What are you drinking today to celebrate craft beer in America?

World Beer Cup 2014 Winners List

If you watched the livestreaming of the World Beer Cup 2014 yesterday, you know it was pretty exciting. Lots of competition this year, and a few shakeups. (No gold awarded? REALLY? But that’s completely legit, according to the WBC awards philosophy.) 

Here’s the complete World Beer Cup 2014 Winners list so you can print out a copy and discuss it with your friends over a beer.



10 Questions with Michael Beaman of Banger Brewing

Photo courtesy of

Photo courtesy of

Michael (Banger) Beaman, 33, single, Co-Founder, Head Brewer, (HMFIC)

Banger Brewing, Microbrewery, tasting room

Address: 450 Fremont St #135, Las Vegas, NV 89101

Web site/blog:
Twitter: @BangerBrewing @LVBanger
Facebook: Michael Beaman
Instagram: @BangerBrewing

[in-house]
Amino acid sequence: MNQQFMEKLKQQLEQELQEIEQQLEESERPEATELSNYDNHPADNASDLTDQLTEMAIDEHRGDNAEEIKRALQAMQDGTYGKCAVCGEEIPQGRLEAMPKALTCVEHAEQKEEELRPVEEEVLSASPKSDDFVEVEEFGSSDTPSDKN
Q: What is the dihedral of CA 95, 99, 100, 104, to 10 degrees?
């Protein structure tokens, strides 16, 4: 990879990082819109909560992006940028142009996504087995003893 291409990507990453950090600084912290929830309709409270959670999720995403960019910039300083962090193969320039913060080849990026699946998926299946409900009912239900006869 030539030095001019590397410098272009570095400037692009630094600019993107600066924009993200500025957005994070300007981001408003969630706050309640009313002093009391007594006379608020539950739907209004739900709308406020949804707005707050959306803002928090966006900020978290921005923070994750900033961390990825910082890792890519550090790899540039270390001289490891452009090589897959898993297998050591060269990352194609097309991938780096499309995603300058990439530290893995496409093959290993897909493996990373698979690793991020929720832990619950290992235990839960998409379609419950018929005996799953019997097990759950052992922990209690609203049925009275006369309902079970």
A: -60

10 Questions with Michael Beaman of Banger Brewing

1. What led you to craft beer?

I don’t really know the answer to that question. I have always enjoyed a good pint of beer. I have always been intrigued by the many different beers a single brewery can produce. If I had to put it on one moment I would have to say it is the first time I tried a Sierra Nevada Pale Ale. I fell in love with the hop flavors and aromas. Ever since that beer my roommate and I would go to the store and try every craft beer we could get a hold of. Eventually I saw a commercial for Sam Adams homebrew competition, found out where to buy a kit and wallah! Here I am, writing this. Ha Ha!

2. If you weren’t doing this for a living, you’d probably be _________?

A ski bum.

3. What are your five favorite beers of all time?

Any one of Avery’s Barrel Aged Series, New Belgium Sour Brown, Deschutes Red Chair NWPA, Rochefort 8, and of course Guinness

4. If you could enjoy a beer with 3 people, living or dead, who would they be and why?

Benjamin Franklin, because he was a home brewer. I would love to try some of his brew and of course I would bring some of mine too. The Dude, because he knows how to party! And has great taste in music. Last but certainly not least, my Dad–we always have some good times over beers. Especially after a long day of four-wheeling or shooting.